Fun Lexovisaurus Facts For Kids

Adekunle Olanrewaju Jason
Nov 30, 2022 By Adekunle Olanrewaju Jason
Originally Published on Oct 25, 2021
Edited by Christina Harrison
These Lexovisaurus facts will have your kids engrossed in no time.
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Age: 3-18
Read time: 5.9 Min

The classification of the Lexovisaurus genus is entirely based on the holotype specimen of this species and was named by Robert Hoffstetter. This genus is found under the family of Stegosauridae and the order of Ornithischia. These dinosaurs were estimated to have lived in what is now France and England during the middle to the late Jurassic period.

Fossils of this dinosaur were discovered during the beginning half of the 1880s, in a brick pit at the Tanholt hamlet near the Eye in Cambridgeshire. Initially, fossils of this dinosaur were named as a species of the Omosaurus, Omosaurus durobrivensis, by John Whitaker Hulke.

However, the species was renamed because 'omosaurus' was already in use and was then called Dacentrurus in 1915. In 1957, a French paleontologist, Robert Hoffstetter, proposed that fossils of this species belonged to a new, separate genus and renamed it the Lexovisaurus.

Due to the incomplete holotype specimen which contains fossils of the postcranial skeleton including one massive spike and vertebrae, the exact physical representation of these dinosaurs is uncertain. Specimens suggest that these Stegosaurids had a large body, a spiked tail with one spike on the shoulders, and flat plates on the back.

Dinosaurs can teach you a lot about how the Earth has evolved, so take a look at the Dromiceiomimus and the Camposaurus.

Lexovisaurus Interesting Facts

How do you pronounce 'Lexovisaurus'?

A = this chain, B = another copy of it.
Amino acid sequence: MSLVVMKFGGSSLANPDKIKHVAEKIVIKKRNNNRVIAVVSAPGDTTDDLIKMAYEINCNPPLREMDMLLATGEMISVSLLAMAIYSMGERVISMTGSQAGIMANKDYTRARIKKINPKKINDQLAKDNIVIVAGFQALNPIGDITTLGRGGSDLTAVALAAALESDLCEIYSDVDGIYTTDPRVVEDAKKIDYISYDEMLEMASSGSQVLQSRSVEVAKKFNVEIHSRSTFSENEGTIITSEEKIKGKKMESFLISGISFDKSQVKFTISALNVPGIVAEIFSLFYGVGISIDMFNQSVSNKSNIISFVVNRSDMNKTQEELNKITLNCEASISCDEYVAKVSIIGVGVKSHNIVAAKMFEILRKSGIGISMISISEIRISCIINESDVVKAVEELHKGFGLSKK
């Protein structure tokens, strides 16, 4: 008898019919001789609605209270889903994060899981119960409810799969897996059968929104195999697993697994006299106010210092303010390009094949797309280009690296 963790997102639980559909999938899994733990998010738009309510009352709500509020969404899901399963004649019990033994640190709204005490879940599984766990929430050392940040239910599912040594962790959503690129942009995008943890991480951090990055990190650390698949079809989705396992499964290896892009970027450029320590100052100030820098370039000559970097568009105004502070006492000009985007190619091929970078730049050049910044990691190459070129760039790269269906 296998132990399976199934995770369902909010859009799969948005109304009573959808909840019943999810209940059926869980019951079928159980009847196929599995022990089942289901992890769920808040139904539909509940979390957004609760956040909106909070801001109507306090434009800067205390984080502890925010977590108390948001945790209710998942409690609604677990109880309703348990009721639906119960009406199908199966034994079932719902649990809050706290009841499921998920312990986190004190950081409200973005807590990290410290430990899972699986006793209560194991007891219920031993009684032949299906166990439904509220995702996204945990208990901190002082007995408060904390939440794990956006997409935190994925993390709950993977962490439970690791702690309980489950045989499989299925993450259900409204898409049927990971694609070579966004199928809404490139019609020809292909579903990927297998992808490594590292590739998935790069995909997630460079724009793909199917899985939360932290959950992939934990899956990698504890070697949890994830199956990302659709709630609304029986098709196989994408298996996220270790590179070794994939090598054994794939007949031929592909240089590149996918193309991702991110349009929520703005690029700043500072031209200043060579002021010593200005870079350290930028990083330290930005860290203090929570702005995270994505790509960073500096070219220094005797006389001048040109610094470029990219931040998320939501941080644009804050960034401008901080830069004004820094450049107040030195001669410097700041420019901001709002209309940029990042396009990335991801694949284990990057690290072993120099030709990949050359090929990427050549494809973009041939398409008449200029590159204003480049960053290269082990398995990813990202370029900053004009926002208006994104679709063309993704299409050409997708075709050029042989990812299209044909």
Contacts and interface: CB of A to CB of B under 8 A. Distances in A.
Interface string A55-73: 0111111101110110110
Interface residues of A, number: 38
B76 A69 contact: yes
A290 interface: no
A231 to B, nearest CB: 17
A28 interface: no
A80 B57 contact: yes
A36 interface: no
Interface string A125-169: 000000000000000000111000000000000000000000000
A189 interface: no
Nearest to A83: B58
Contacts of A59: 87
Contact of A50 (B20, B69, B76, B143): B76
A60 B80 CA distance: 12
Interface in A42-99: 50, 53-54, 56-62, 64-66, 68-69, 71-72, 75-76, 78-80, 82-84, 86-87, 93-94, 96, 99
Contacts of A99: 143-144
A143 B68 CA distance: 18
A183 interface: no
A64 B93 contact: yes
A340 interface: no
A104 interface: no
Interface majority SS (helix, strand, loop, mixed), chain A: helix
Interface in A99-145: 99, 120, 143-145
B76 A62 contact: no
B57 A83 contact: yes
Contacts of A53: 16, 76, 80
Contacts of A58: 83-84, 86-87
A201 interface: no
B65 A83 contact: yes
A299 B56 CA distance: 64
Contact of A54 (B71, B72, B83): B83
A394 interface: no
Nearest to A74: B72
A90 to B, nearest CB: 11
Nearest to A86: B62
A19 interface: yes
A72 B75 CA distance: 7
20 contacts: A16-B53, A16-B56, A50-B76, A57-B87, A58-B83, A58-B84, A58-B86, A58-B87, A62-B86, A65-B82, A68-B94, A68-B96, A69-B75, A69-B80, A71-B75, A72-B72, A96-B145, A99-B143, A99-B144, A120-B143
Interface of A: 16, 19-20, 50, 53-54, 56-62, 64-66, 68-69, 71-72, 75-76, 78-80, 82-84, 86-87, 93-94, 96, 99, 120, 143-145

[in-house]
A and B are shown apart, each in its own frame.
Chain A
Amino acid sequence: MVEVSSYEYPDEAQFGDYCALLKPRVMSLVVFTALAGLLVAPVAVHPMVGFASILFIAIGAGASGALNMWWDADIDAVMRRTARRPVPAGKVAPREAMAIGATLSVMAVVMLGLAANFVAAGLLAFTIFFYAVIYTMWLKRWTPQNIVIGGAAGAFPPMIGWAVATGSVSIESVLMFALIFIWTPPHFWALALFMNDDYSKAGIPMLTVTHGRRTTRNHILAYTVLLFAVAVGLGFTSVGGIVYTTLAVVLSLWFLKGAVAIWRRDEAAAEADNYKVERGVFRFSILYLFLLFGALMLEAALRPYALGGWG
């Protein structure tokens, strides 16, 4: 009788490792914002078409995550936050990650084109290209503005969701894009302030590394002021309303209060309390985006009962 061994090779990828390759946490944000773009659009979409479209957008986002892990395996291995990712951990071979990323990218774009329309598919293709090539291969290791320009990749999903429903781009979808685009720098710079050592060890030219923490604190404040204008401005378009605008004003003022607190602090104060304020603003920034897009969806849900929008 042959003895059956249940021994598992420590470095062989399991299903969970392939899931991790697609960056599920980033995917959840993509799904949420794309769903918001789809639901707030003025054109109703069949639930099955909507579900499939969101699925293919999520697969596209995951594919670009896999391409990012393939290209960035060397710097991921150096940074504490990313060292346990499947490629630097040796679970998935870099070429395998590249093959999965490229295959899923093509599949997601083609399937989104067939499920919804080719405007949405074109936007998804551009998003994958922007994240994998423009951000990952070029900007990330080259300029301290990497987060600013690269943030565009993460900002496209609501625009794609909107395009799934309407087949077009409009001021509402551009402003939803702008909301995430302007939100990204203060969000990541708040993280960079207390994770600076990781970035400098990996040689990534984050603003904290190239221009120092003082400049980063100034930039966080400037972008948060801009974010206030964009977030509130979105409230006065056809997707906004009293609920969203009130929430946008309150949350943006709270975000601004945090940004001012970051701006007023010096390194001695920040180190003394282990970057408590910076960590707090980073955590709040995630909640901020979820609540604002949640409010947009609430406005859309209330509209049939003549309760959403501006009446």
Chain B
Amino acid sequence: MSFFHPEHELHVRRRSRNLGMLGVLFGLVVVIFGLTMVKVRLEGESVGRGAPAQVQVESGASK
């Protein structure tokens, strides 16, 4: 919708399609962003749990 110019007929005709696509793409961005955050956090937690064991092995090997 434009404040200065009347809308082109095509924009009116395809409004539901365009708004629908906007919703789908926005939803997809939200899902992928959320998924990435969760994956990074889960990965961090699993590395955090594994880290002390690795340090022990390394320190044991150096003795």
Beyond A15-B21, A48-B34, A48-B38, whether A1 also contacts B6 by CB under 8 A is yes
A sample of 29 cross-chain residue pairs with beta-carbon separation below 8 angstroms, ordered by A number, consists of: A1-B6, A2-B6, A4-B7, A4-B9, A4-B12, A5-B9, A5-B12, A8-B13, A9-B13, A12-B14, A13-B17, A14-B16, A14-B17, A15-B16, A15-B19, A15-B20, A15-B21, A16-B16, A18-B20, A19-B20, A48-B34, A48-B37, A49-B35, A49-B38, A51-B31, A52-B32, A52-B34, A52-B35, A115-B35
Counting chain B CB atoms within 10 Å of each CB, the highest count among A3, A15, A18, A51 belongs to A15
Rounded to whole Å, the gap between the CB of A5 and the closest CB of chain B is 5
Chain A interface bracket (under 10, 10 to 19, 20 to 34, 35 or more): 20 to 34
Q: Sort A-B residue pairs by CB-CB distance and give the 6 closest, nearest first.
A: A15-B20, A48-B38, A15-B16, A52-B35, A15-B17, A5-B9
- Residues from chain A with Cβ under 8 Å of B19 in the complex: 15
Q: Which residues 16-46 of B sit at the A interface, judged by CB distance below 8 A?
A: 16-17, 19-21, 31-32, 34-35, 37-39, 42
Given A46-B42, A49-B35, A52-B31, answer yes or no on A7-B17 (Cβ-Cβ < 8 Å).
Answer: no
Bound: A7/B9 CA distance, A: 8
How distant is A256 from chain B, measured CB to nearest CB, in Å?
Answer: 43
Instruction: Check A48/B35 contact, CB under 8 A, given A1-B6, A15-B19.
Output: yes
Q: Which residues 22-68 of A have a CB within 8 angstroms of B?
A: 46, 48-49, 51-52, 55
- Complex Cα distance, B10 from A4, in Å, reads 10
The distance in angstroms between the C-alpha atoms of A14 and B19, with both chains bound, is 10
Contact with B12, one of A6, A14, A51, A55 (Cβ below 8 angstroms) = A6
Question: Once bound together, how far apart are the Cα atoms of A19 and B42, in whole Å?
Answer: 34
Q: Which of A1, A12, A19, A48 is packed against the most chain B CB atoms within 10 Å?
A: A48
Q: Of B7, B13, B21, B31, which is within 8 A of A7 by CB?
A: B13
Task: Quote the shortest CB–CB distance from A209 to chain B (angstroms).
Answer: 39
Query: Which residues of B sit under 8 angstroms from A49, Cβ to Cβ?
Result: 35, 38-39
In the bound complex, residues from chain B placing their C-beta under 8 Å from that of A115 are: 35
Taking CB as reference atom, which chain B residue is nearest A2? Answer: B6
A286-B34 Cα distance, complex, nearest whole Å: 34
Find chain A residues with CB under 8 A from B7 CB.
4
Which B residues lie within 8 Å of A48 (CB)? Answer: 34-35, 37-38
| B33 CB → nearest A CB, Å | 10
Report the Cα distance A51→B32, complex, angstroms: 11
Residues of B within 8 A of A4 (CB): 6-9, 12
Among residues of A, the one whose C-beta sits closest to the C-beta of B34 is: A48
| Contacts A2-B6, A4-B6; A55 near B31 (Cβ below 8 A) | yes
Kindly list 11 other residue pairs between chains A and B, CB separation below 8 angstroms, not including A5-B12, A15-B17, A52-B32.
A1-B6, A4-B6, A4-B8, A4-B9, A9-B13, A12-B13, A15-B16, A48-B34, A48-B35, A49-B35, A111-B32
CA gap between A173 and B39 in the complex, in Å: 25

The Lexovisaurus pronunciation is ' leks-o-ve-sore-us'.

What type of dinosaur was a Lexovisaurus?

The Lexovisaurus durobrivensis was a Stegosaur belonging to the clade Ornithiscia which is characterized by a pelvic structure that on superficial observation was found to be much like that of birds.

In which geological period did the Lexovisaurus roam the Earth?

The temporal range for these Stegosaurs is predicted to be in the early Cretaceous period, more specifically the middle to late Jurassic period.

When did the Lexovisaurus become extinct?

This Stegosaur went extinct around 165.7-164.7 million years ago, during the mid-late Jurassic period of the early Cretaceous period.

Where did a Lexovisaurus live?

The location of specimens of these members of Dinosauria prove that they lived in what is now modern-day England and France, and have been found all over Western Europe.

What was a Lexovisaurus' habitat?

The Lexovisaurus lived in open grasslands that bordered forests for the high availability of low growing plants and grass due to their short stature and them not being able to stretch too high up.

Who did a Lexovisaurus live with?

Like most Stegosauridae, this breed of Ornithischia preferred living in herds.

How long did a Lexovisaurus live?

Lifespan information on the Lexovisaurus is unknown.

How did they reproduce?

Although the exact reproduction method of these dinosaurs is unknown, they may have displayed sexual dimorphism which helped them attract mates. These dinosaurs were oviparous and eggs were fertilized inside the body of the mother. In addition, they built large nests on the ground and used dirt or vegetation to cover eggs for incubation.

Lexovisaurus Fun Facts

What did a Lexovisaurus look like?

Whatever information is available about this dinosaur is based on the incomplete specimen of the holotype. They were known to have a typical Stegosaurian heavy body with a tiny, flat, and elongated head.

They were quadrupedal and had strong hind limb bones that were designed to support their hefty, pillar-like legs and huge body.

It is thought that it was almost impossible for these dinosaurs to run because the region where their knee and lower thighbone joined were smaller from the front to back which means limited support while rotating the knee joint. These dinosaurs also showed signs of ossified skin called osteoderms, which covered various parts of its body.

Their backplates were flat and narrow.

Although the exact placement is uncertain, it is thought that they were placed on the front of its body with spines that ran along the length of its tail. It is believed that the large spine was either situated on the shoulders, tail, or hip.

Keep on reading for more interesting facts about the Lexovisaurus.